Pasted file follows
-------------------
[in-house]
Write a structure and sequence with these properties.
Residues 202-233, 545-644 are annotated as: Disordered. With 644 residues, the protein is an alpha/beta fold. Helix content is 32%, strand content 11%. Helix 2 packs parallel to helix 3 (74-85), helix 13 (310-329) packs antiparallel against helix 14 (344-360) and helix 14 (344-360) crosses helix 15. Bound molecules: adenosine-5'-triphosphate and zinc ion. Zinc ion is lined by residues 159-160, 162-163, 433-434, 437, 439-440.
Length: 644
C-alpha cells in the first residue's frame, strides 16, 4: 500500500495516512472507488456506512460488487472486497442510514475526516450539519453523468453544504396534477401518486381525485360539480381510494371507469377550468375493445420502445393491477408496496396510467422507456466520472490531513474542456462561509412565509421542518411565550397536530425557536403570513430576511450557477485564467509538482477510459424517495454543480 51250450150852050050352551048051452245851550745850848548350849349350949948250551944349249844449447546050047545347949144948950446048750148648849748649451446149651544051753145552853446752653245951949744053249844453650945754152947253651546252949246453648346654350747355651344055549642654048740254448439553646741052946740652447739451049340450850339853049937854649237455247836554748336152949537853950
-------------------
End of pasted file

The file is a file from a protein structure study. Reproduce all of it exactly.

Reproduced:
[in-house]
Write a structure and sequence with these properties.
Residues 202-233, 545-644 are annotated as: Disordered. With 644 residues, the protein is an alpha/beta fold. Helix content is 32%, strand content 11%. Helix 2 packs parallel to helix 3 (74-85), helix 13 (310-329) packs antiparallel against helix 14 (344-360) and helix 14 (344-360) crosses helix 15. Bound molecules: adenosine-5'-triphosphate and zinc ion. Zinc ion is lined by residues 159-160, 162-163, 433-434, 437, 439-440.
Length: 644
C-alpha cells in the first residue's frame, strides 16, 4: 500500500495516512472507488456506512460488487472486497442510514475526516450539519453523468453544504396534477401518486381525485360539480381510494371507469377550468375493445420502445393491477408496496396510467422507456466520472490531513474542456462561509412565509421542518411565550397536530425557536403570513430576511450557477485564467509538482477510459424517495454543480 51250450150852050050352551048051452245851550745850848548350849349350949948250551944349249844449447546050047545347949144948950446048750148648849748649451446149651544051753145552853446752653245951949744053249844453650945754152947253651546252949246453648346654350747355651344055549642654048740254448439553646741052946740652447739451049340450850339853049937854649237455247836554748336152949537853950